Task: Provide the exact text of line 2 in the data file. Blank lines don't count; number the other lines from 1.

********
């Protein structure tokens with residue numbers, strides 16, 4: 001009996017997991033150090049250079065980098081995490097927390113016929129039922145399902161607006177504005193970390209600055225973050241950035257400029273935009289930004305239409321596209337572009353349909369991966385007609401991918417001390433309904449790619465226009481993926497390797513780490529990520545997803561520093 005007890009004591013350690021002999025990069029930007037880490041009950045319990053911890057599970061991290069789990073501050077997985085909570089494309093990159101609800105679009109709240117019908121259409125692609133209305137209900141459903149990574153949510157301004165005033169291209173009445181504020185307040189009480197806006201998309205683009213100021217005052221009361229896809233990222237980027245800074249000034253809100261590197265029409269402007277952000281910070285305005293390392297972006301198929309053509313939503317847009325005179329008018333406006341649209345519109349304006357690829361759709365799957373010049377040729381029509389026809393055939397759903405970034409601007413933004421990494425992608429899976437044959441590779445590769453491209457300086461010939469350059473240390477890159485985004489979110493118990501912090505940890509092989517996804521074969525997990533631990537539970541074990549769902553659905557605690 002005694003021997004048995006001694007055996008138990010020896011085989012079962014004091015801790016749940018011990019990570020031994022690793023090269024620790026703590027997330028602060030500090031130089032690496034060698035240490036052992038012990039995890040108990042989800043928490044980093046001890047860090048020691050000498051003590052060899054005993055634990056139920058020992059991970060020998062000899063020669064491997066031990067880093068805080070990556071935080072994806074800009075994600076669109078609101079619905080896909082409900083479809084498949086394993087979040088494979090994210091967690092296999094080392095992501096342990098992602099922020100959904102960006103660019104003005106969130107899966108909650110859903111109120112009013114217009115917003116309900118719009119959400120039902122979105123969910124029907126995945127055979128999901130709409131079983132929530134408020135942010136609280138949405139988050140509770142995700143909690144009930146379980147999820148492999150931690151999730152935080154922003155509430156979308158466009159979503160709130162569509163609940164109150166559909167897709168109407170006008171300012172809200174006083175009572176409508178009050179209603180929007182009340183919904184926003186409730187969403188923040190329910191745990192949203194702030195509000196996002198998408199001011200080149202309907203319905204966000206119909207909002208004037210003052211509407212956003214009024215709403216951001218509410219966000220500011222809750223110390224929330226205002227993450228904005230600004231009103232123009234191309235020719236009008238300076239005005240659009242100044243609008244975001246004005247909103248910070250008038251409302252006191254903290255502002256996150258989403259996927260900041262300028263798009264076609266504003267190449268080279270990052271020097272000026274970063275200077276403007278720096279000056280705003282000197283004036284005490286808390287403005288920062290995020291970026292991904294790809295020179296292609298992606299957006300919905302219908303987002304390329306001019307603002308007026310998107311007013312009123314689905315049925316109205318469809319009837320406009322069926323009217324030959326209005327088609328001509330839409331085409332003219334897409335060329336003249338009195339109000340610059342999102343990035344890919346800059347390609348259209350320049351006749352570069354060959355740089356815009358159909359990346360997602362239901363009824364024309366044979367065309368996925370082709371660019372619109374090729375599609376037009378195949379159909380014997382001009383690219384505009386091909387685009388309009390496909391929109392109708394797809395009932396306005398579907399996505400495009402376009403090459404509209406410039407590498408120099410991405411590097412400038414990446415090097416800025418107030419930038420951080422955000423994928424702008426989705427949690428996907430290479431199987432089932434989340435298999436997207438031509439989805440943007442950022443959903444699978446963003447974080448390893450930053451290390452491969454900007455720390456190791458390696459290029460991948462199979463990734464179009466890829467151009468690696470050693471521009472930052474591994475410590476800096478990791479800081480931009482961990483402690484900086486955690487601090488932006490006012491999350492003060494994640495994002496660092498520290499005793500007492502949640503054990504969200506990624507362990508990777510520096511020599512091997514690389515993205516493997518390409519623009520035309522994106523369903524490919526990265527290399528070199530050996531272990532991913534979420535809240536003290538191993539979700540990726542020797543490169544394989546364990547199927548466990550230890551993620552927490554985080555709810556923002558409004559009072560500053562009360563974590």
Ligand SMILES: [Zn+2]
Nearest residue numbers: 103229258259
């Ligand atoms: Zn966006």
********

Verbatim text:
Ligand SMILES: [Zn+2]